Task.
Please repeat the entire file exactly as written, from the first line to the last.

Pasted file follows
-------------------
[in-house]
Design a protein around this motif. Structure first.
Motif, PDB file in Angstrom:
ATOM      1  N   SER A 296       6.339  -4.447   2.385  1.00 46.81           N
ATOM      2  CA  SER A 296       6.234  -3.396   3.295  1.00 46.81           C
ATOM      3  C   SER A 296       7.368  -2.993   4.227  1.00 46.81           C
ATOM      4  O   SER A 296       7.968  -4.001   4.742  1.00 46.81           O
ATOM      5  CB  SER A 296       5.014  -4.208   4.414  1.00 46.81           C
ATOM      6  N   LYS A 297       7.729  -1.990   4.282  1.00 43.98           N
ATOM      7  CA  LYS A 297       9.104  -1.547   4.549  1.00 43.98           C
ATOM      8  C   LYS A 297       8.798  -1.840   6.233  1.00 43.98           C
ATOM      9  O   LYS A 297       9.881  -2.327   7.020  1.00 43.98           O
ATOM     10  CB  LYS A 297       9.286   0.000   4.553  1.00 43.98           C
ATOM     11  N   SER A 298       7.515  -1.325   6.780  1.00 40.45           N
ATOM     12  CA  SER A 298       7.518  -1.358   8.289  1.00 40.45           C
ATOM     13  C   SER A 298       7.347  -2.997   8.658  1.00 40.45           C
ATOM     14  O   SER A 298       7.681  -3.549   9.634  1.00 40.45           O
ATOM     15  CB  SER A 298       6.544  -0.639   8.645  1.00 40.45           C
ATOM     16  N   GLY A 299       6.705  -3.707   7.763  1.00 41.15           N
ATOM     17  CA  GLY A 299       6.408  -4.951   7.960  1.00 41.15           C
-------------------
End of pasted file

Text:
[in-house]
Design a protein around this motif. Structure first.
Motif, PDB file in Angstrom:
ATOM      1  N   SER A 296       6.339  -4.447   2.385  1.00 46.81           N
ATOM      2  CA  SER A 296       6.234  -3.396   3.295  1.00 46.81           C
ATOM      3  C   SER A 296       7.368  -2.993   4.227  1.00 46.81           C
ATOM      4  O   SER A 296       7.968  -4.001   4.742  1.00 46.81           O
ATOM      5  CB  SER A 296       5.014  -4.208   4.414  1.00 46.81           C
ATOM      6  N   LYS A 297       7.729  -1.990   4.282  1.00 43.98           N
ATOM      7  CA  LYS A 297       9.104  -1.547   4.549  1.00 43.98           C
ATOM      8  C   LYS A 297       8.798  -1.840   6.233  1.00 43.98           C
ATOM      9  O   LYS A 297       9.881  -2.327   7.020  1.00 43.98           O
ATOM     10  CB  LYS A 297       9.286   0.000   4.553  1.00 43.98           C
ATOM     11  N   SER A 298       7.515  -1.325   6.780  1.00 40.45           N
ATOM     12  CA  SER A 298       7.518  -1.358   8.289  1.00 40.45           C
ATOM     13  C   SER A 298       7.347  -2.997   8.658  1.00 40.45           C
ATOM     14  O   SER A 298       7.681  -3.549   9.634  1.00 40.45           O
ATOM     15  CB  SER A 298       6.544  -0.639   8.645  1.00 40.45           C
ATOM     16  N   GLY A 299       6.705  -3.707   7.763  1.00 41.15           N
ATOM     17  CA  GLY A 299       6.408  -4.951   7.960  1.00 41.15           C